The Denver Broncos could have entered the off-season as the second best team in football, instead they chose to enter it as the team that face-planted on the largest stage, and lost their last game of the 2013 season by 35 points.
Broncos general manager John Elway attacked the off-season like his roster was much weaker than the one that led Denver to a 13-3 regular season record and AFC Championship.
For the most part leaving his record-setting offence alone, Elway focused primarily on the defence this off-season, adding three Pro Bowlers to the unit in pass rusher DeMarcus Ware (three years, $30 million), cornerback Aqib Talib (six years, $57 million), and safety T.J. Ward (four years, $22.5 million).
In far less talked about moves, the team also added WR Emmanuel Sanders and offensive linemen J.D. Walton and Winston Justice.
"Everyone keeps talking about, ‘Well, you're doing this to win now.' I say, ‘No, we're doing this to win (from) now on.' That's what we're doing. We're not mortgaging our future," Elway told 850 KOA in Denver after the deals.
Whether the three moves help the Broncos sustain the success they've enjoyed the past couple of seasons or puts them in a future salary cap bind, it's clear Denver's best chance at a Super Bowl coincides with Peyton Manning's remaining years behind centre.
Manning's neck injury that cost him his last season in Indianapolis is now of little concern but the five-team MVP will be 38-years-old this season and may only have two or three championship-calibre seasons left.
The Broncos have a stable of young, talented players (some of which are due new contracts next off-season) but it's clearly Super Bowl or bust in Denver the next three years, the last three years of Manning's contract.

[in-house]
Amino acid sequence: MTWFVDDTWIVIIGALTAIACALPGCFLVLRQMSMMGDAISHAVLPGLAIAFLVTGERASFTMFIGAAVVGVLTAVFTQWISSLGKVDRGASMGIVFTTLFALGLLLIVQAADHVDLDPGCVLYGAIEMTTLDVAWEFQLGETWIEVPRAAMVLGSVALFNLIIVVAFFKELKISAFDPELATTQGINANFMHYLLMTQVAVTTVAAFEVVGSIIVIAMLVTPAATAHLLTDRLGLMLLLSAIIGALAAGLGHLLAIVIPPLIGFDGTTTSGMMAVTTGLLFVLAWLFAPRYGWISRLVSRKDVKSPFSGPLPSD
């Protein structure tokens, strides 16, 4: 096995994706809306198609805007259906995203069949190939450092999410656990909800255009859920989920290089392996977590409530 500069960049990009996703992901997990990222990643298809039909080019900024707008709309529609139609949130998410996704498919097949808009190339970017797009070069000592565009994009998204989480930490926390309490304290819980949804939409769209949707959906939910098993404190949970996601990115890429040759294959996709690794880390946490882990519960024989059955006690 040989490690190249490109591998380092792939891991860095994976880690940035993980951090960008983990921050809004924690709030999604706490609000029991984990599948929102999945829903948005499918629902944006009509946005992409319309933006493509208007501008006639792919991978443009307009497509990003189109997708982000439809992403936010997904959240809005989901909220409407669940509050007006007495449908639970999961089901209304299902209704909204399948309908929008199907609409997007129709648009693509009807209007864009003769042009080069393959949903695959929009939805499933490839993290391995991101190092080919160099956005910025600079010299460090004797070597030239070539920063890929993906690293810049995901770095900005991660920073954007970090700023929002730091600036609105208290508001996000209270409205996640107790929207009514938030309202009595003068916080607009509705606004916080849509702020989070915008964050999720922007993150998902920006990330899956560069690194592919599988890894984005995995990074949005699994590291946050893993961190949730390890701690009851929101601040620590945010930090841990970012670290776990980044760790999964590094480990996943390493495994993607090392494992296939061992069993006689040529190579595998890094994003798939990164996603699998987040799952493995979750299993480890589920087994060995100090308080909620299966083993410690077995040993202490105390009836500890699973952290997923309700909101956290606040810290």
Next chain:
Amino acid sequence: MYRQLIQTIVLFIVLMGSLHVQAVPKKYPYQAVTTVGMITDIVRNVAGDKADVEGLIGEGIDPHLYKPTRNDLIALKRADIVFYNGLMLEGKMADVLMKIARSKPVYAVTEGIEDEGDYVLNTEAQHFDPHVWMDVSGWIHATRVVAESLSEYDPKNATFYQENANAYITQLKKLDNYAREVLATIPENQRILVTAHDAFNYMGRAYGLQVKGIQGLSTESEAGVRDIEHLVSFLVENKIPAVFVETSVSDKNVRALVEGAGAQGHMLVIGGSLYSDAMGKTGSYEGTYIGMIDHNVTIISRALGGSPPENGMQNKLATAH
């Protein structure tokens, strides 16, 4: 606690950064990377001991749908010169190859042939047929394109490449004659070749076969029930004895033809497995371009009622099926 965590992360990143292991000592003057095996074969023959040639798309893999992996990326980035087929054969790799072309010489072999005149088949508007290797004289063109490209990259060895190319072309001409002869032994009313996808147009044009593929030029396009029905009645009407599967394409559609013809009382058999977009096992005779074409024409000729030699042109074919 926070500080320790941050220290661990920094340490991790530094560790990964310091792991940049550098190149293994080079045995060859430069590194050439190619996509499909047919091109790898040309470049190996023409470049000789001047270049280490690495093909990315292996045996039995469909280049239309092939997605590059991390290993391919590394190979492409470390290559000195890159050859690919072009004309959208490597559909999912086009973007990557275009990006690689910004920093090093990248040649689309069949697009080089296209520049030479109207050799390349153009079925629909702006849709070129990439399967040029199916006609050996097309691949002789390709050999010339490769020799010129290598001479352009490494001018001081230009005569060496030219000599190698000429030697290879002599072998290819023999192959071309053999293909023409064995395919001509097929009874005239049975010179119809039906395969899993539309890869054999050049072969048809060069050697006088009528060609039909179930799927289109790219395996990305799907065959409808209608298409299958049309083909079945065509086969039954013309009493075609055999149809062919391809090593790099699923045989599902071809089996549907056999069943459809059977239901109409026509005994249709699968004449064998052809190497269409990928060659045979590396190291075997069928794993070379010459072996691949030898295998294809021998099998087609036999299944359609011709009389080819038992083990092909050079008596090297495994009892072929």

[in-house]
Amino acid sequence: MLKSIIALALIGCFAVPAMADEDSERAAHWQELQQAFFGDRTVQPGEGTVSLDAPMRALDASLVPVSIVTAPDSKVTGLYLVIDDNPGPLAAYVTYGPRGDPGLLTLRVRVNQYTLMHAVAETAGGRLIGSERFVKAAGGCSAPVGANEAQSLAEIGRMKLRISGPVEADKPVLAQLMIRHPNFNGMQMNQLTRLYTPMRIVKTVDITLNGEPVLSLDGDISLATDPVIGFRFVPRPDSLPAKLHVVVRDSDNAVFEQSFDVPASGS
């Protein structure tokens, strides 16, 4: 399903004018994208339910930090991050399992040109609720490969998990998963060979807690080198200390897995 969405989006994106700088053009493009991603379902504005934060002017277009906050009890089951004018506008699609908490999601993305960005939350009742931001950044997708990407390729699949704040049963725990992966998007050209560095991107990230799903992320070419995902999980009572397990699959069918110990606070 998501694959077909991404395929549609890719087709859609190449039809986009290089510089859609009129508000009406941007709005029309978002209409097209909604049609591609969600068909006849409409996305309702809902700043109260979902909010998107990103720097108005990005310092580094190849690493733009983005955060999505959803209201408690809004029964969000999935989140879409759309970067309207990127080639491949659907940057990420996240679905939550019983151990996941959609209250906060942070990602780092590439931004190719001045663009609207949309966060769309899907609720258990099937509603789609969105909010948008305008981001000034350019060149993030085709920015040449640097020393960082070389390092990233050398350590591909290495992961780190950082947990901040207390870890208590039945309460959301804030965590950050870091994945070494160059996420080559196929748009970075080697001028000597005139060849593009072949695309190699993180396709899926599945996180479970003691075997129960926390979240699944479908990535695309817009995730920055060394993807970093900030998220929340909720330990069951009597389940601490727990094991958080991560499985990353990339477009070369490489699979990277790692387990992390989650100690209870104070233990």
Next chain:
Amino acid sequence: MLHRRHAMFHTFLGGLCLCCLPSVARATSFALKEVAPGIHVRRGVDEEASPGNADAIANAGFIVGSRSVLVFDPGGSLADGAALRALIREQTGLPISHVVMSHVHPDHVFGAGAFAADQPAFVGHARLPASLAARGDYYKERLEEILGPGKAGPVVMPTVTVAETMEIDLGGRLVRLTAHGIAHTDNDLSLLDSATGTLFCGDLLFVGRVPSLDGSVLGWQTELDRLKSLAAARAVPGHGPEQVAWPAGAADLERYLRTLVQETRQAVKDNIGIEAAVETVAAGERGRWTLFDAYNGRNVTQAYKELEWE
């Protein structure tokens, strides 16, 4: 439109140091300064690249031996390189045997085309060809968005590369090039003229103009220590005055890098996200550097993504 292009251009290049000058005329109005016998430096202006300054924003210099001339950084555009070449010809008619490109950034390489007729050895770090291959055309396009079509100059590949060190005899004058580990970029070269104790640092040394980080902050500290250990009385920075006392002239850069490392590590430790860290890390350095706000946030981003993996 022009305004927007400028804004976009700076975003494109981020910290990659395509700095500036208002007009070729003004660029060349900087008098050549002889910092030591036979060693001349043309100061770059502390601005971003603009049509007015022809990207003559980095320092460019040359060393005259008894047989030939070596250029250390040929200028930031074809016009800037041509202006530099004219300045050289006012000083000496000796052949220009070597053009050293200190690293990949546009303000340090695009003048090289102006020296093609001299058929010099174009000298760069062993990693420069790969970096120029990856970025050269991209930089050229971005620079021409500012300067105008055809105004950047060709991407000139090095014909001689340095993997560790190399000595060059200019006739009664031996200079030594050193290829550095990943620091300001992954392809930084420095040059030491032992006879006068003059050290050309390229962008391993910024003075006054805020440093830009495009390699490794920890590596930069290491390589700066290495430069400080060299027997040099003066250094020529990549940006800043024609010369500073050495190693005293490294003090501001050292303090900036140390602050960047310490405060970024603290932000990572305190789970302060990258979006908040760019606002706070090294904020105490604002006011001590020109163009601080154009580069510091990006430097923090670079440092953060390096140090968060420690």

Much was made about the Broncos' Super Bowl implosion at the hands of the Seattle Seahawks (rightly so) and many figured Denver would use the off-season to expunge any weaknesses the Seahawks exposed. While Elway certainly shored up the team's defence, he did little this spring to improve the team's offensive line that was bullied by Seattle's relentless pressure defence in the Super Bowl. Denver will rely upon a return to health from left tackle Ryan Clady to improve the unit's fortunes after only making two depth signings in free agency and not addressing the position until late in the third round of the NFL Draft.
With his role reduced and his speed diminished, the Broncos released 12-time Pro Bowler Champ Bailey during the off-season. Bailey had spent the past 10 years of his Hall of Fame career with Denver.
The Broncos benefitted from CB Bradley Roby dropping in the draft to select him with the second last pick of the first round. Roby should help fill the void left by Bailey and could start in his first year.
Denver's two biggest losses in free agency shouldn't be felt all that much in 2014. Starting receiver Eric Decker put up huge numbers for the Broncos before signing for big money with the New York Jets this off-season, but Manning can make almost any receiver into a star and one of Andre Caldwell, Emmanuel Sanders, or second-round pick Cody Latimer should fill Decker's void this year. The other big loss, running back Knowshown Moreno, was a star only in the Manning-run offence and second-year man Montee Ball, arguably the more talented runner, should give the team a similar level of production at the position this season.